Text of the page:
Mill would adamantly oppose these restrictive actions of Creon and the PRC. In On Liberty, Mill highlights many utilitarian benefits to tolerating individual freedoms whilst minimizing state and social tyranny. Firstly, Mill dismisses the notion that government knows what is best for its individuals. Rather, Mill argues that individuals themselves know what is in their own best interests. Mill emphasizes that individually made (as opposed to state-directed) choices are best simply because ‘it is his own mode.’ [p.77] By this, Mill meant that due to the multitude of uniqueness among humans (‘human beings are not like sheep’ [p.77]), it is futile to impossible to impose ‘some small number of patterns’ [p.77] on the way individuals are expected to behave. Mill believed that because there is such diversity in the ‘modes of life’ [p.77] of humans, imposing a blanket morality deprives individuals of achieving that ‘which their nature is capable’ [p.77]. To clarify his opinion, Mill uses the analogy of a ‘pair of boots’ [p.77] that are custom-made to fit the wearer; that it is futile to attempt to force the ‘pair of boots’ on someone else who has different needs and requirements.
Surely, it is not the act of viewing pornography that Mill would endorse, but the availability of the choice to do so. When the PRC removes such choices, it is imposing a blanket morality on its subjects; it makes the mistake of supposing that certain behavior (such as viewing pornography) is bad for everyone, when in fact it may be acceptable for certain individuals. Similarly, when Creon removes the liberty to mourn for Polynices, he makes the mistake of supposing that anyone who mourns for the dead soldier becomes a threat to the polis. Of course, it may be that some who mourn Polynices may indeed be driven to incite revenge, but for many figures (such as his sister Antigone), mourning Polynices does not pose a threat to security. Creon fails to see the variance in his people, and thus seems to impose an unnecessary repression that is unsuitable for a large portion of his subjects.
Mill introduces the idea of the progression of humans via liberty. Mill advises against being ‘bowed to the yoke’ [p.70] of conformity. Though he stresses social conformity, it can be argued that conformity manifests when government attempts to streamline the behavior of its citizens by regulating nonstandard behavior. Mill warns that conformation for the sake of conformity creates stagnation in people’s development. When individuals do not think for themselves – when they allow government to tell them what is best for them – they fail to develop respectable mental faculties. Progression as society would be stunted for progression entails challenging a norm; if people are accustomed to being dictated what is best by the government, this habit of challenging norms may fail to exist.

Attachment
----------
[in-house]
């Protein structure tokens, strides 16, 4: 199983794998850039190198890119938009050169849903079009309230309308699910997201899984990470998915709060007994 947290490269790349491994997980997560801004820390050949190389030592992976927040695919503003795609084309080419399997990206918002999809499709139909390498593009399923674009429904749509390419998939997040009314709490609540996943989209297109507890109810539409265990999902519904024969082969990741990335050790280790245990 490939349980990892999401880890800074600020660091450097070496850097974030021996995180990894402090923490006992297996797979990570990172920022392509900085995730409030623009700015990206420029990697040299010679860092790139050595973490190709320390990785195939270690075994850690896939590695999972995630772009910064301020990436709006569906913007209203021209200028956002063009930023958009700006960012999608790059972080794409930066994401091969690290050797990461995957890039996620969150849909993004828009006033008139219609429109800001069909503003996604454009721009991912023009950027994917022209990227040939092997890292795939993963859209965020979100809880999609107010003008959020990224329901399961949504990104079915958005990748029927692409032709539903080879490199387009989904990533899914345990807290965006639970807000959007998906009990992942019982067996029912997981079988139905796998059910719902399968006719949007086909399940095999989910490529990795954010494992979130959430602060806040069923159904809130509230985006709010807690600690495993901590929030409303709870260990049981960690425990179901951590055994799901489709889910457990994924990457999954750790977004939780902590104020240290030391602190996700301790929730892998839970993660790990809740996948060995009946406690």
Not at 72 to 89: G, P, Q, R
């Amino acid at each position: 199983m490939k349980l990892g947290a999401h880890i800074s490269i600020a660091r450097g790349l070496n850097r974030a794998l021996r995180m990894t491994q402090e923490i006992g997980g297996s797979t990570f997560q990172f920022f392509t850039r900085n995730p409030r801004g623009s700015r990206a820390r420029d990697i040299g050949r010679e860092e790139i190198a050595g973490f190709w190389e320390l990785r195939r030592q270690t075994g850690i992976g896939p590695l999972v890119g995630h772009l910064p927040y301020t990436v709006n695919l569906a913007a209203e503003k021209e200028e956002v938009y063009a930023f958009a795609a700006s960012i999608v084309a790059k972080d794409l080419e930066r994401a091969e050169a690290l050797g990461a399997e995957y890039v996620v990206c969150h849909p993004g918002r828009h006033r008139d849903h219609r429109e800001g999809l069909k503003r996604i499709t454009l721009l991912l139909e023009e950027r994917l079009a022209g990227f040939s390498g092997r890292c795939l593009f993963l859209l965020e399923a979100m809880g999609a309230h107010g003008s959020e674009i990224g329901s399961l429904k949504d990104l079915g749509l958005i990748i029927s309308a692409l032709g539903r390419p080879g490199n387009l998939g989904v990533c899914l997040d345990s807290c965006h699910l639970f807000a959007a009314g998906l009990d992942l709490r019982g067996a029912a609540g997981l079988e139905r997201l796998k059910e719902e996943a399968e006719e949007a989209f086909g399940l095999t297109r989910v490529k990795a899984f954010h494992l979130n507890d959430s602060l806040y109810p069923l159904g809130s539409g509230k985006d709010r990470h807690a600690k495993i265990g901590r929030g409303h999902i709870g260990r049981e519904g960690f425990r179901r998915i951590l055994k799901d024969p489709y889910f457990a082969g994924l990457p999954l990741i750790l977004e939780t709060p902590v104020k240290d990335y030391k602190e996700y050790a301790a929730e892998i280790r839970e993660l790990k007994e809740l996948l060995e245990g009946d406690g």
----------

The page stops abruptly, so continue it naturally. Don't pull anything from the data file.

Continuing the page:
Sophocles’ Antigone poses a perfect allegory to the question to what extent does government know what is best for its subjects? Creon, like Hobbes, believes the duty of government is to safeguard its citizens. In fact, this much is commonly accepted throughout political doctrines: government exists to protect. However, Hobbes asserts that individual liberties are directly pernicious to this protection. He calls for a tyrant in the vein of Creon to take the onus of doing what is personally felt to be best for the people. Surely, this cannot be a just doctrine; the opportunities for oppression are all too viable. Furthermore, Mill argues that governments are not always incorrigible, for in reality, nobody is. Furthermore, we cannot have government telling us what is best, because they do not; the PRC may think themselves to be benevolent when censoring pornography but they fail to see that the government’s moral values are not necessarily applicable to all of its subjects. Lastly, the promotion of liberty involves a utilitarian benefit: the ‘unfailing and permanent’ [p.80] progression of society. Perhaps we can conjecture another function of government: to promote the progression of its people. If this is the case, rather than dictating a set of values for its people to conform to in the name of security, governments should promote liberties in the name of dignified human development. In conclusion, governments do not know best, and in any case, the greatest good arises from liberty, not dictation.
Mill, J. 1859, On Liberty, Penguin Classics, London
Sophocles. 1982, The Three Theban Plays: Antigone, Oedipus the King, Oedipus at Colonus, trans. R Fagles, Penguin Books, London
STANFORD ENCYCLOPEDIA OF PHILOSOPHY. Hobbes’ Moral and Political Philosophy. [online]. Stanford, CA. Available from: [Accessed 5 February 2010].
“To what extent does government know what is best for its subjects?”